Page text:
Birth Of American Newspaper

868 words - 3 pages

The Birth of the American Newspaper

It has been said that the true newspaper must meet these qualifications: (1) it must be published at least once a week; (2) it must be produced by mechanical means (to distinguish it from handwritten "newes letters"); (3) it must be available to anyone willing to pay the price, regardless of class or special interest; (4) it must print anything of interest to a general public, as contrasted with some of the religious and business publications; (5) it must have an appeal to a public of ordinary literary skill; (6) it must be timely, or at least relatively so, in the light of technical development; and (7) it must have stability, as contrasted to the fly-by-night publications of more primitive times.
-Emery and Smith, 1954

     
Before the printing press or printing plates hand

written pamphlets were the means for communicating anything

over a distance of land or sea. Documentation, for those

who were literate, played major roles in politics long

before today’s modern Sunday Advertisers. In 1566, the

Venetian Magistracy ordered accounts of the war in Dalmatia

to be read and posted in public places. Persons interested

in this news paid a small coin, called a gazetta, for the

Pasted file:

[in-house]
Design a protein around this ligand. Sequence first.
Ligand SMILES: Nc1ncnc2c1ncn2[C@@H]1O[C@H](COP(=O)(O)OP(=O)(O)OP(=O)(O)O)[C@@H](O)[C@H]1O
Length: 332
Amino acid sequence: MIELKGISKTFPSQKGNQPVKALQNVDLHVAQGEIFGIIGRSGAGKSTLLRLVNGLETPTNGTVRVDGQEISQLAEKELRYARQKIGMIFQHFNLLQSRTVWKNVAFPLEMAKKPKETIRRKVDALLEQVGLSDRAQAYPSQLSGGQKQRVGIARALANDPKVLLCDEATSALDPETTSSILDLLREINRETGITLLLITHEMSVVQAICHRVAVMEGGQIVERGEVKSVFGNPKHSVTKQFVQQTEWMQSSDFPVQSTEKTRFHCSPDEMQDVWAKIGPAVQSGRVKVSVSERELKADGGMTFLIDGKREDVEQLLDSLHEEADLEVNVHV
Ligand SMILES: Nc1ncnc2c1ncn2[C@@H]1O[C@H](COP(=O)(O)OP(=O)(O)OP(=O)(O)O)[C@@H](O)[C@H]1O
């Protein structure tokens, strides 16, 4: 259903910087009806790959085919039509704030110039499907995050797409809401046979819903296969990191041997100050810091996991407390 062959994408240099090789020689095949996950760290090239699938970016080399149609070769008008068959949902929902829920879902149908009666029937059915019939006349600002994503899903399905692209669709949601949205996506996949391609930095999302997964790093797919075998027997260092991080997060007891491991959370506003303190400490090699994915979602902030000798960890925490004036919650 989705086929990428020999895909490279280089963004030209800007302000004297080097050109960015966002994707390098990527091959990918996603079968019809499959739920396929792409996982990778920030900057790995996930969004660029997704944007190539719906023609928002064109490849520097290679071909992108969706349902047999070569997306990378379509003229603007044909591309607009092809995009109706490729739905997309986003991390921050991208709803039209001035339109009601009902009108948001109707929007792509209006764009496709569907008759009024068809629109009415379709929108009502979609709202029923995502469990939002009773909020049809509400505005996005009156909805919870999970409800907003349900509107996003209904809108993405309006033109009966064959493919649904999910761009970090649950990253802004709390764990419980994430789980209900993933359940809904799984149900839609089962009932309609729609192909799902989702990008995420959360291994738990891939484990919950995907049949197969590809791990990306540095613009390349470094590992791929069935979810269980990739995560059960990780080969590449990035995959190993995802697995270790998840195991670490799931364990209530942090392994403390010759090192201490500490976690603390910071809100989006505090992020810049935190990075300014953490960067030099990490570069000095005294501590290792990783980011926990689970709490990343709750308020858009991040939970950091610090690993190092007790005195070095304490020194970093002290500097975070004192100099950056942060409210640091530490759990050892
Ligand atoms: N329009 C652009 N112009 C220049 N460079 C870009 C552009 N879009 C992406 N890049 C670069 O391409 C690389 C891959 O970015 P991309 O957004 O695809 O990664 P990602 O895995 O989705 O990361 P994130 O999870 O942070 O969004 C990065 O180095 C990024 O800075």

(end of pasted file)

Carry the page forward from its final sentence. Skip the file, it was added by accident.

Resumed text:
privilege of obtaining it. As far back as 69 BC, news sheets

known as Acta Diurna were posted in public places in Rome

(Emery and Smith, 1954)."

     It might be said that the newspaper was the most

significant contribution of the printing press. Johann

Gutenberg introduced movable type around 1440. Not until it

had been perfected was it possible to produce literature

and printed reports cheap enough to reach the masses. The

revolution was not as much in the medium as in the

audience. With publication of this type, there was some

incentive for gathering and processing information of

interest to the general public- news (Emery and Smith,

1954). News became a commodity, like food and merchandise,

produced for profit to meet a demand. Newspapers didn't

create news; news created newspapers (Emery and Smith,

1954).

     David Copeland claims that the American newspaper was

"quietly" born on September 25, 1690. On this day,

"Publick Occurrence Both Foreign and Domestic" was printed

in Boston by Benjamin Harris. The young nation's first

newspaper promised to provide "an account of such

considerable things as have arrived unto our Notion

(Copeland, 1997). Needless to say, the young paper did not

make a second edition due to the fact that the governor

found the pamphlet contained “reflections of a very high

nature” and ordered its suppression” (Lee, 1924).

     America's next chance at a newspaper was started by

John Campbell. The Boston News-Letter began on April...

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